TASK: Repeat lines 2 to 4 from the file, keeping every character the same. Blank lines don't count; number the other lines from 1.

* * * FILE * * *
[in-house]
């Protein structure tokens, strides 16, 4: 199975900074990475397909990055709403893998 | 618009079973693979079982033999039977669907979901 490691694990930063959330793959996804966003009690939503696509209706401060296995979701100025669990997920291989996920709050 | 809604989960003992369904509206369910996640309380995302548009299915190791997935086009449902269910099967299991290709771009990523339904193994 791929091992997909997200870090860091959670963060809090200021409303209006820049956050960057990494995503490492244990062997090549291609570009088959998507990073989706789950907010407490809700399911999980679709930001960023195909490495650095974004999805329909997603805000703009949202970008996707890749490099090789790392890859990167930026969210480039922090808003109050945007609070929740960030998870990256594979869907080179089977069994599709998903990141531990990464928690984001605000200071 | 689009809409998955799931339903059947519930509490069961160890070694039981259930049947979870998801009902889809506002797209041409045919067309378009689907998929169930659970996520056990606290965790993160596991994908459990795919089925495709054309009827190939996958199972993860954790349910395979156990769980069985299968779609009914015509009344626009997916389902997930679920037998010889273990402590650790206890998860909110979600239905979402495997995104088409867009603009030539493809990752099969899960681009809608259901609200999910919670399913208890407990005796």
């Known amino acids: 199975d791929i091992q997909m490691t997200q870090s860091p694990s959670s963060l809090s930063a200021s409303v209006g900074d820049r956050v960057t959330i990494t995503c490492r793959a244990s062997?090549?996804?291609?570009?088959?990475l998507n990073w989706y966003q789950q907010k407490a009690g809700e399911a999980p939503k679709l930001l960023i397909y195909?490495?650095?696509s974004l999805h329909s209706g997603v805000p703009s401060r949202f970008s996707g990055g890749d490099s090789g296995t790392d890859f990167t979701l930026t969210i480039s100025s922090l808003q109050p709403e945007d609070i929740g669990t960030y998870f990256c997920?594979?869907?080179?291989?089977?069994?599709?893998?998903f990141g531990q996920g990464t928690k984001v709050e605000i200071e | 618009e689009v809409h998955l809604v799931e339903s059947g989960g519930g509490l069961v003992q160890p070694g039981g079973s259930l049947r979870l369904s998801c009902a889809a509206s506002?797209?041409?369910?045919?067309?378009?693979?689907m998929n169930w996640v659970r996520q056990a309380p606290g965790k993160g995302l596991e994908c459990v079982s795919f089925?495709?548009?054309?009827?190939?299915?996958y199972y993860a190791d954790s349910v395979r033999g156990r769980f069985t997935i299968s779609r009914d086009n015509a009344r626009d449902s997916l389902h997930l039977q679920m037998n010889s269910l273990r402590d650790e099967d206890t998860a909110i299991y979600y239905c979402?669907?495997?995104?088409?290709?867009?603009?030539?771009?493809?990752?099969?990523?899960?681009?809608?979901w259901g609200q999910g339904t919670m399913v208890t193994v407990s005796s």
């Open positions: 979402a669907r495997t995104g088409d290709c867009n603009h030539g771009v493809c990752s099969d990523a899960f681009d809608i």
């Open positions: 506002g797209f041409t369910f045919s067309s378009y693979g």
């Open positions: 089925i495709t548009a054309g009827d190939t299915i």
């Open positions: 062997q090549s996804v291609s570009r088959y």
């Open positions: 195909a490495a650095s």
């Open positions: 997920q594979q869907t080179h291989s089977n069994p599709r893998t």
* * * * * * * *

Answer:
């Protein structure tokens, strides 16, 4: 199975900074990475397909990055709403893998 | 618009079973693979079982033999039977669907979901 490691694990930063959330793959996804966003009690939503696509209706401060296995979701100025669990997920291989996920709050 | 809604989960003992369904509206369910996640309380995302548009299915190791997935086009449902269910099967299991290709771009990523339904193994 791929091992997909997200870090860091959670963060809090200021409303209006820049956050960057990494995503490492244990062997090549291609570009088959998507990073989706789950907010407490809700399911999980679709930001960023195909490495650095974004999805329909997603805000703009949202970008996707890749490099090789790392890859990167930026969210480039922090808003109050945007609070929740960030998870990256594979869907080179089977069994599709998903990141531990990464928690984001605000200071 | 689009809409998955799931339903059947519930509490069961160890070694039981259930049947979870998801009902889809506002797209041409045919067309378009689907998929169930659970996520056990606290965790993160596991994908459990795919089925495709054309009827190939996958199972993860954790349910395979156990769980069985299968779609009914015509009344626009997916389902997930679920037998010889273990402590650790206890998860909110979600239905979402495997995104088409867009603009030539493809990752099969899960681009809608259901609200999910919670399913208890407990005796």
């Known amino acids: 199975d791929i091992q997909m490691t997200q870090s860091p694990s959670s963060l809090s930063a200021s409303v209006g900074d820049r956050v960057t959330i990494t995503c490492r793959a244990s062997?090549?996804?291609?570009?088959?990475l998507n990073w989706y966003q789950q907010k407490a009690g809700e399911a999980p939503k679709l930001l960023i397909y195909?490495?650095?696509s974004l999805h329909s209706g997603v805000p703009s401060r949202f970008s996707g990055g890749d490099s090789g296995t790392d890859f990167t979701l930026t969210i480039s100025s922090l808003q109050p709403e945007d609070i929740g669990t960030y998870f990256c997920?594979?869907?080179?291989?089977?069994?599709?893998?998903f990141g531990q996920g990464t928690k984001v709050e605000i200071e | 618009e689009v809409h998955l809604v799931e339903s059947g989960g519930g509490l069961v003992q160890p070694g039981g079973s259930l049947r979870l369904s998801c009902a889809a509206s506002?797209?041409?369910?045919?067309?378009?693979?689907m998929n169930w996640v659970r996520q056990a309380p606290g965790k993160g995302l596991e994908c459990v079982s795919f089925?495709?548009?054309?009827?190939?299915?996958y199972y993860a190791d954790s349910v395979r033999g156990r769980f069985t997935i299968s779609r009914d086009n015509a009344r626009d449902s997916l389902h997930l039977q679920m037998n010889s269910l273990r402590d650790e099967d206890t998860a909110i299991y979600y239905c979402?669907?495997?995104?088409?290709?867009?603009?030539?771009?493809?990752?099969?990523?899960?681009?809608?979901w259901g609200q999910g339904t919670m399913v208890t193994v407990s005796s």
């Open positions: 979402a669907r495997t995104g088409d290709c867009n603009h030539g771009v493809c990752s099969d990523a899960f681009d809608i």